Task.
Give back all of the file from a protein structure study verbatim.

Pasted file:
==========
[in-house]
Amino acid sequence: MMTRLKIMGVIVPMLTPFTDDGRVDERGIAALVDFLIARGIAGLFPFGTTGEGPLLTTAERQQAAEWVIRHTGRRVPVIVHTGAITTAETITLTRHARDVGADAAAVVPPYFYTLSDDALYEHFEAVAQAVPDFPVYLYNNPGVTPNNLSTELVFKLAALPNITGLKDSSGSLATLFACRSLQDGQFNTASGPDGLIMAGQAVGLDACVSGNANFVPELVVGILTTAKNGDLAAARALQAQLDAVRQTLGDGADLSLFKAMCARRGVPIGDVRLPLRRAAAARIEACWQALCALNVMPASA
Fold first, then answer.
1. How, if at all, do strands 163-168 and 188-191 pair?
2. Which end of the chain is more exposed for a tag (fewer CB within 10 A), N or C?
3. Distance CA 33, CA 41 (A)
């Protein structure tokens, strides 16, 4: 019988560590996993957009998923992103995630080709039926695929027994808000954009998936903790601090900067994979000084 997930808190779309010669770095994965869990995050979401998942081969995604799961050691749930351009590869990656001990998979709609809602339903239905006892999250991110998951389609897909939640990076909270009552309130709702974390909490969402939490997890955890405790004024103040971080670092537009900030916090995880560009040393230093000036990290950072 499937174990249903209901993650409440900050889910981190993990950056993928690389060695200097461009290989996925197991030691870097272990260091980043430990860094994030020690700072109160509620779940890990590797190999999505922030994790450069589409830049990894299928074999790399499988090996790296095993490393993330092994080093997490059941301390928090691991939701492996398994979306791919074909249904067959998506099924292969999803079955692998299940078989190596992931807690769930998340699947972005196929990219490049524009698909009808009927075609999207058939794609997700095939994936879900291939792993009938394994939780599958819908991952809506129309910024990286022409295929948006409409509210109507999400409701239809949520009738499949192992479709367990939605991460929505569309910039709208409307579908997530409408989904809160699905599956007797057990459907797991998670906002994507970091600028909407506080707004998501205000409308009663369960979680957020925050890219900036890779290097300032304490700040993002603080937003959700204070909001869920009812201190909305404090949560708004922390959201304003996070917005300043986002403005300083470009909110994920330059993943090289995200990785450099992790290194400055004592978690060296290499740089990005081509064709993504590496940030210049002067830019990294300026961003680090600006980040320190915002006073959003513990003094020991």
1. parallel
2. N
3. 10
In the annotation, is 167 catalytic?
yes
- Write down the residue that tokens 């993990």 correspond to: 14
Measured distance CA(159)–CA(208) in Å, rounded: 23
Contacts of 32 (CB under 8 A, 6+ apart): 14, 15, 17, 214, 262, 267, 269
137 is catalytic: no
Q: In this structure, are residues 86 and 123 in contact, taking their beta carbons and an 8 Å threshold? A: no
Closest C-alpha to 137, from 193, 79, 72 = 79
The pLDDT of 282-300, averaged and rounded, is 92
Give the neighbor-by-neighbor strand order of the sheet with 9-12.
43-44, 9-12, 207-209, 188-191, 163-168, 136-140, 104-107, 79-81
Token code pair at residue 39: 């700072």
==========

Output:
[in-house]
Amino acid sequence: MMTRLKIMGVIVPMLTPFTDDGRVDERGIAALVDFLIARGIAGLFPFGTTGEGPLLTTAERQQAAEWVIRHTGRRVPVIVHTGAITTAETITLTRHARDVGADAAAVVPPYFYTLSDDALYEHFEAVAQAVPDFPVYLYNNPGVTPNNLSTELVFKLAALPNITGLKDSSGSLATLFACRSLQDGQFNTASGPDGLIMAGQAVGLDACVSGNANFVPELVVGILTTAKNGDLAAARALQAQLDAVRQTLGDGADLSLFKAMCARRGVPIGDVRLPLRRAAAARIEACWQALCALNVMPASA
Fold first, then answer.
1. How, if at all, do strands 163-168 and 188-191 pair?
2. Which end of the chain is more exposed for a tag (fewer CB within 10 A), N or C?
3. Distance CA 33, CA 41 (A)
């Protein structure tokens, strides 16, 4: 019988560590996993957009998923992103995630080709039926695929027994808000954009998936903790601090900067994979000084 997930808190779309010669770095994965869990995050979401998942081969995604799961050691749930351009590869990656001990998979709609809602339903239905006892999250991110998951389609897909939640990076909270009552309130709702974390909490969402939490997890955890405790004024103040971080670092537009900030916090995880560009040393230093000036990290950072 499937174990249903209901993650409440900050889910981190993990950056993928690389060695200097461009290989996925197991030691870097272990260091980043430990860094994030020690700072109160509620779940890990590797190999999505922030994790450069589409830049990894299928074999790399499988090996790296095993490393993330092994080093997490059941301390928090691991939701492996398994979306791919074909249904067959998506099924292969999803079955692998299940078989190596992931807690769930998340699947972005196929990219490049524009698909009808009927075609999207058939794609997700095939994936879900291939792993009938394994939780599958819908991952809506129309910024990286022409295929948006409409509210109507999400409701239809949520009738499949192992479709367990939605991460929505569309910039709208409307579908997530409408989904809160699905599956007797057990459907797991998670906002994507970091600028909407506080707004998501205000409308009663369960979680957020925050890219900036890779290097300032304490700040993002603080937003959700204070909001869920009812201190909305404090949560708004922390959201304003996070917005300043986002403005300083470009909110994920330059993943090289995200990785450099992790290194400055004592978690060296290499740089990005081509064709993504590496940030210049002067830019990294300026961003680090600006980040320190915002006073959003513990003094020991």
1. parallel
2. N
3. 10
In the annotation, is 167 catalytic?
yes
- Write down the residue that tokens 């993990």 correspond to: 14
Measured distance CA(159)–CA(208) in Å, rounded: 23
Contacts of 32 (CB under 8 A, 6+ apart): 14, 15, 17, 214, 262, 267, 269
137 is catalytic: no
Q: In this structure, are residues 86 and 123 in contact, taking their beta carbons and an 8 Å threshold? A: no
Closest C-alpha to 137, from 193, 79, 72 = 79
The pLDDT of 282-300, averaged and rounded, is 92
Give the neighbor-by-neighbor strand order of the sheet with 9-12.
43-44, 9-12, 207-209, 188-191, 163-168, 136-140, 104-107, 79-81
Token code pair at residue 39: 């700072």